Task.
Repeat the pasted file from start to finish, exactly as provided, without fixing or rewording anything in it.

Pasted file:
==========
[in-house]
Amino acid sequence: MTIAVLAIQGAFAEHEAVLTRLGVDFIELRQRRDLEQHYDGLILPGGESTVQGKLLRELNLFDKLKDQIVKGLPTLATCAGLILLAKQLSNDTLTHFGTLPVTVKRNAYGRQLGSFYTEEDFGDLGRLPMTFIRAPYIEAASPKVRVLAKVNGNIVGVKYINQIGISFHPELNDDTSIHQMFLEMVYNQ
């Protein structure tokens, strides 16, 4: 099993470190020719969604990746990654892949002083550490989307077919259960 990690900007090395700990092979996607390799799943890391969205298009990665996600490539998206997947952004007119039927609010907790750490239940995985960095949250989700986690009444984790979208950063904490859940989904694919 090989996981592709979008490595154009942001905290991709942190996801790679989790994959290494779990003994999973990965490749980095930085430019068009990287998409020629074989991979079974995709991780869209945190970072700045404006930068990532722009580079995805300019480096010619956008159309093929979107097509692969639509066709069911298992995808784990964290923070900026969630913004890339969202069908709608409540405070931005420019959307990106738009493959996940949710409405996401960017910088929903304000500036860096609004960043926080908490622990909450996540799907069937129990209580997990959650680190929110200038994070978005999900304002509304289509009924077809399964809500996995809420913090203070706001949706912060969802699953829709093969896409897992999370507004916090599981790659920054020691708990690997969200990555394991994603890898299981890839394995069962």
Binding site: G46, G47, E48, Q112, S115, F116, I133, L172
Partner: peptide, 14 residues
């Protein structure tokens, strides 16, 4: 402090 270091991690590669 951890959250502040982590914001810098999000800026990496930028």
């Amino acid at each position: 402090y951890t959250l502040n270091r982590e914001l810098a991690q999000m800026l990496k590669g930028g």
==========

[in-house]
Amino acid sequence: MTIAVLAIQGAFAEHEAVLTRLGVDFIELRQRRDLEQHYDGLILPGGESTVQGKLLRELNLFDKLKDQIVKGLPTLATCAGLILLAKQLSNDTLTHFGTLPVTVKRNAYGRQLGSFYTEEDFGDLGRLPMTFIRAPYIEAASPKVRVLAKVNGNIVGVKYINQIGISFHPELNDDTSIHQMFLEMVYNQ
């Protein structure tokens, strides 16, 4: 099993470190020719969604990746990654892949002083550490989307077919259960 990690900007090395700990092979996607390799799943890391969205298009990665996600490539998206997947952004007119039927609010907790750490239940995985960095949250989700986690009444984790979208950063904490859940989904694919 090989996981592709979008490595154009942001905290991709942190996801790679989790994959290494779990003994999973990965490749980095930085430019068009990287998409020629074989991979079974995709991780869209945190970072700045404006930068990532722009580079995805300019480096010619956008159309093929979107097509692969639509066709069911298992995808784990964290923070900026969630913004890339969202069908709608409540405070931005420019959307990106738009493959996940949710409405996401960017910088929903304000500036860096609004960043926080908490622990909450996540799907069937129990209580997990959650680190929110200038994070978005999900304002509304289509009924077809399964809500996995809420913090203070706001949706912060969802699953829709093969896409897992999370507004916090599981790659920054020691708990690997969200990555394991994603890898299981890839394995069962």
Binding site: G46, G47, E48, Q112, S115, F116, I133, L172
Partner: peptide, 14 residues
């Protein structure tokens, strides 16, 4: 402090 270091991690590669 951890959250502040982590914001810098999000800026990496930028």
């Amino acid at each position: 402090y951890t959250l502040n270091r982590e914001l810098a991690q999000m800026l990496k590669g930028g």